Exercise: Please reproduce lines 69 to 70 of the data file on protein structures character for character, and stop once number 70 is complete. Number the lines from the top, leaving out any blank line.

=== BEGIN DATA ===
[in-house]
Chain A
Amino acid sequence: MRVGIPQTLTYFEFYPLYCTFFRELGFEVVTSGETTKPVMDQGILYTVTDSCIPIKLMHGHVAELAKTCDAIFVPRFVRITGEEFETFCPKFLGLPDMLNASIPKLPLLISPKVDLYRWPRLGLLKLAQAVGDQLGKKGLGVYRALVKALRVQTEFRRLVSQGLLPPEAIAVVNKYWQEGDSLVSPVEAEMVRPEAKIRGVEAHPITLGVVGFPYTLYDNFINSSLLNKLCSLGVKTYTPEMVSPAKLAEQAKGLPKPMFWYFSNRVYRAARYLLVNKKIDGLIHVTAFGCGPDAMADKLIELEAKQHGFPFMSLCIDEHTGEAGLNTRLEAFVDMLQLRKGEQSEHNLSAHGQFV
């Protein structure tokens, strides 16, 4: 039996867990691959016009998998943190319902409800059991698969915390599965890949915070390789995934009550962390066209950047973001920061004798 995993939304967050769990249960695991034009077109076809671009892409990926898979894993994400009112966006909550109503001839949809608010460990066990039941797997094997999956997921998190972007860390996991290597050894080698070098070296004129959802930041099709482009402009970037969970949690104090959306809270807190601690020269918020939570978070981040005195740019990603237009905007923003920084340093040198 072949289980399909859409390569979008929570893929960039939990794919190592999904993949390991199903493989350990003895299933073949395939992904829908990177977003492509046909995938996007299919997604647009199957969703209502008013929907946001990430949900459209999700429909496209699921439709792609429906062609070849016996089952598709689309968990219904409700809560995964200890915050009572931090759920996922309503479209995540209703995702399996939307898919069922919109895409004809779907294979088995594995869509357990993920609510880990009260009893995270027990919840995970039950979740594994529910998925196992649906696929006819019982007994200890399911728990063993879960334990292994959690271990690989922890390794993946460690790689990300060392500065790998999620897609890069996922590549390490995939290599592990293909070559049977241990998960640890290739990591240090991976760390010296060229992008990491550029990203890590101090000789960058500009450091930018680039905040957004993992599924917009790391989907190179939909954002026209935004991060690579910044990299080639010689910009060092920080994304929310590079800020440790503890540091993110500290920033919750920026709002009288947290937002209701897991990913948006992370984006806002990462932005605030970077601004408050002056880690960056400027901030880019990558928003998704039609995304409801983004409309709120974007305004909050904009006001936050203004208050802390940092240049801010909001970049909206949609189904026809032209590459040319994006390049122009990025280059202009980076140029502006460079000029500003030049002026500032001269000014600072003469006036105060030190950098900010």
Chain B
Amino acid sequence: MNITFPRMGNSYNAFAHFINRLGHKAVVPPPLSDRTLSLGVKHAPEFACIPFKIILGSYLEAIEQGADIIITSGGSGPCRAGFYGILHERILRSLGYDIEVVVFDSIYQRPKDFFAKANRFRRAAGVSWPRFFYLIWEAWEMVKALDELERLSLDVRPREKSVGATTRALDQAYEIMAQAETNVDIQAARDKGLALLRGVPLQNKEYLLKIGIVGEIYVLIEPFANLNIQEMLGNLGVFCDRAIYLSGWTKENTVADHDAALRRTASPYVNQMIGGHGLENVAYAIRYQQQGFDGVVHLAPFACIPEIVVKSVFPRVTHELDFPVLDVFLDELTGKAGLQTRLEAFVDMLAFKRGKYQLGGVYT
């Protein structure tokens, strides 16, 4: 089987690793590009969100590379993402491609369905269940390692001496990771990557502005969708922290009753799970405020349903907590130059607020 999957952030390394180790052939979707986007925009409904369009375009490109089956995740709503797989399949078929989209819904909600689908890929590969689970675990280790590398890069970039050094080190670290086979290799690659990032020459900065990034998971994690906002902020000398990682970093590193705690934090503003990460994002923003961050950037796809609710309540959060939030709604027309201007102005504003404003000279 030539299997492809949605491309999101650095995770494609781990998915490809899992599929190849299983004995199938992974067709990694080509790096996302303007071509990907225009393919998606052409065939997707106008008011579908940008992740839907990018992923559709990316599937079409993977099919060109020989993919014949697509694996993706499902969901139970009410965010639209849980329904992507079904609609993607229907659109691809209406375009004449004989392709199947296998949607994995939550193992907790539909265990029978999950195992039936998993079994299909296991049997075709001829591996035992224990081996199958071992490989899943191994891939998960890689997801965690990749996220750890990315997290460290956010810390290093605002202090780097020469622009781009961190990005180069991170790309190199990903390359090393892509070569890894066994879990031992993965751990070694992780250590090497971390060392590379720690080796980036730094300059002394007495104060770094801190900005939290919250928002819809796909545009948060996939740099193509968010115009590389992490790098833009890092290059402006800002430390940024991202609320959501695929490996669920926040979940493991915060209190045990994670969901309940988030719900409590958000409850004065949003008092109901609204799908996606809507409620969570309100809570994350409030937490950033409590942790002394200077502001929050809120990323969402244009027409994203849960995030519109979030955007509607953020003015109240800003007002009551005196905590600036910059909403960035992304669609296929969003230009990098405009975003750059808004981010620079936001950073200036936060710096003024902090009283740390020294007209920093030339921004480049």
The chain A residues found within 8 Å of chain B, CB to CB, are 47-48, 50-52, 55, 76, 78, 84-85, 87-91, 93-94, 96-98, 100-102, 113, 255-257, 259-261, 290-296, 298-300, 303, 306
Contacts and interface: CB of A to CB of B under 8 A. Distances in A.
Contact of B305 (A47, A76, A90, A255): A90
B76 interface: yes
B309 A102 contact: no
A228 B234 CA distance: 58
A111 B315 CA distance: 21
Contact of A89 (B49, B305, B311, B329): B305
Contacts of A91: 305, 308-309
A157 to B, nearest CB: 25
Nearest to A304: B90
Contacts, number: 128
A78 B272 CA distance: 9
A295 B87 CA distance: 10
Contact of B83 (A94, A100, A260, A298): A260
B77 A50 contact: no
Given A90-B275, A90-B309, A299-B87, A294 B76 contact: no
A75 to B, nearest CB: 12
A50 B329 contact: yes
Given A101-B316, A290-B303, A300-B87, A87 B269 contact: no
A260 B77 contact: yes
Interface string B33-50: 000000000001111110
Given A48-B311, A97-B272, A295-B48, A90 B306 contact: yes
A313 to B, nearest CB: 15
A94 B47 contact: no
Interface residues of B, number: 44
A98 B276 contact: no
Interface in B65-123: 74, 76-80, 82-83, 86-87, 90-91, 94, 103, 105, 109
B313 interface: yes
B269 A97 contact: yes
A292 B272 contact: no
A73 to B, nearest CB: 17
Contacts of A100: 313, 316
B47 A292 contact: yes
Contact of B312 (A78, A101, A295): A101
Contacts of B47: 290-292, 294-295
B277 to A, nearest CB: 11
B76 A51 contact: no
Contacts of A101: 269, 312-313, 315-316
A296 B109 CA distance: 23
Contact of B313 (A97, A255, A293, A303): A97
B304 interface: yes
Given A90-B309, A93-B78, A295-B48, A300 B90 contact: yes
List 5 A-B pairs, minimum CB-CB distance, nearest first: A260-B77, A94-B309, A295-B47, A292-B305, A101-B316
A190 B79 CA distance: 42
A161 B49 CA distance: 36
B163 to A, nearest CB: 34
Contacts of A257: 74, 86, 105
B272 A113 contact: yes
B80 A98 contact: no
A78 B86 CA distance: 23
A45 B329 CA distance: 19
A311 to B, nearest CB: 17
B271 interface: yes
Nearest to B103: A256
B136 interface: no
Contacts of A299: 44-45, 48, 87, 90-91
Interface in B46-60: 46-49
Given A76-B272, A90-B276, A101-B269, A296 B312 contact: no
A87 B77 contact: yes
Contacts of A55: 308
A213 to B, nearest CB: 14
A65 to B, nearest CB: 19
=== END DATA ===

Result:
A213 to B, nearest CB: 14
A65 to B, nearest CB: 19